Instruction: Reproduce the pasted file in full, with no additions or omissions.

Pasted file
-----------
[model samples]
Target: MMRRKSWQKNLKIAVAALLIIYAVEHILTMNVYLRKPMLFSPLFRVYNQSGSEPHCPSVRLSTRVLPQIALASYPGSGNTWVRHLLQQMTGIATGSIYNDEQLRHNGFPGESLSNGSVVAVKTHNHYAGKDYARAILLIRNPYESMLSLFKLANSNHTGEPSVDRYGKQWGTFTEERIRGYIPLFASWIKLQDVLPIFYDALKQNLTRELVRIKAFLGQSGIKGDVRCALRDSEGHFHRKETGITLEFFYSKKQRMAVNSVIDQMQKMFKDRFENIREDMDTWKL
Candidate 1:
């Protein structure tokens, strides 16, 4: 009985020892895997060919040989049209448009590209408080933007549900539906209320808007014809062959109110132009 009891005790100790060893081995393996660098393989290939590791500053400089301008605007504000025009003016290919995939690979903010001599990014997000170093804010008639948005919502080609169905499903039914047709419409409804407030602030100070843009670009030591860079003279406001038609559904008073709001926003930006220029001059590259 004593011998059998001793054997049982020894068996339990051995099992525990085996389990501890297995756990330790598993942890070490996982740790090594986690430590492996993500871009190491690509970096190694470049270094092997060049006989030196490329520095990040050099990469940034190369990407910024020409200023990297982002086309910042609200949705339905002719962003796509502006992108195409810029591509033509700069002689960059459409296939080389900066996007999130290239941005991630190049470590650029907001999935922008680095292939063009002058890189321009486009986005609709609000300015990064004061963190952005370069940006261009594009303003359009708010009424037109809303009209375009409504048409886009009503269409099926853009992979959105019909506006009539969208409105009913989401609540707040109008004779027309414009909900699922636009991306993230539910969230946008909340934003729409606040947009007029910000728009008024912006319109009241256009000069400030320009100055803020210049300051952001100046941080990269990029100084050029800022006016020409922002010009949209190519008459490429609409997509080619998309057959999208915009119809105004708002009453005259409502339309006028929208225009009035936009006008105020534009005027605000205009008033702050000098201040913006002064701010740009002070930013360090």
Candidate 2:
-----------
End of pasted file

[model samples]
Target: MMRRKSWQKNLKIAVAALLIIYAVEHILTMNVYLRKPMLFSPLFRVYNQSGSEPHCPSVRLSTRVLPQIALASYPGSGNTWVRHLLQQMTGIATGSIYNDEQLRHNGFPGESLSNGSVVAVKTHNHYAGKDYARAILLIRNPYESMLSLFKLANSNHTGEPSVDRYGKQWGTFTEERIRGYIPLFASWIKLQDVLPIFYDALKQNLTRELVRIKAFLGQSGIKGDVRCALRDSEGHFHRKETGITLEFFYSKKQRMAVNSVIDQMQKMFKDRFENIREDMDTWKL
Candidate 1:
């Protein structure tokens, strides 16, 4: 009985020892895997060919040989049209448009590209408080933007549900539906209320808007014809062959109110132009 009891005790100790060893081995393996660098393989290939590791500053400089301008605007504000025009003016290919995939690979903010001599990014997000170093804010008639948005919502080609169905499903039914047709419409409804407030602030100070843009670009030591860079003279406001038609559904008073709001926003930006220029001059590259 004593011998059998001793054997049982020894068996339990051995099992525990085996389990501890297995756990330790598993942890070490996982740790090594986690430590492996993500871009190491690509970096190694470049270094092997060049006989030196490329520095990040050099990469940034190369990407910024020409200023990297982002086309910042609200949705339905002719962003796509502006992108195409810029591509033509700069002689960059459409296939080389900066996007999130290239941005991630190049470590650029907001999935922008680095292939063009002058890189321009486009986005609709609000300015990064004061963190952005370069940006261009594009303003359009708010009424037109809303009209375009409504048409886009009503269409099926853009992979959105019909506006009539969208409105009913989401609540707040109008004779027309414009909900699922636009991306993230539910969230946008909340934003729409606040947009007029910000728009008024912006319109009241256009000069400030320009100055803020210049300051952001100046941080990269990029100084050029800022006016020409922002010009949209190519008459490429609409997509080619998309057959999208915009119809105004708002009453005259409502339309006028929208225009009035936009006008105020534009005027605000205009008033702050000098201040913006002064701010740009002070930013360090």
Candidate 2: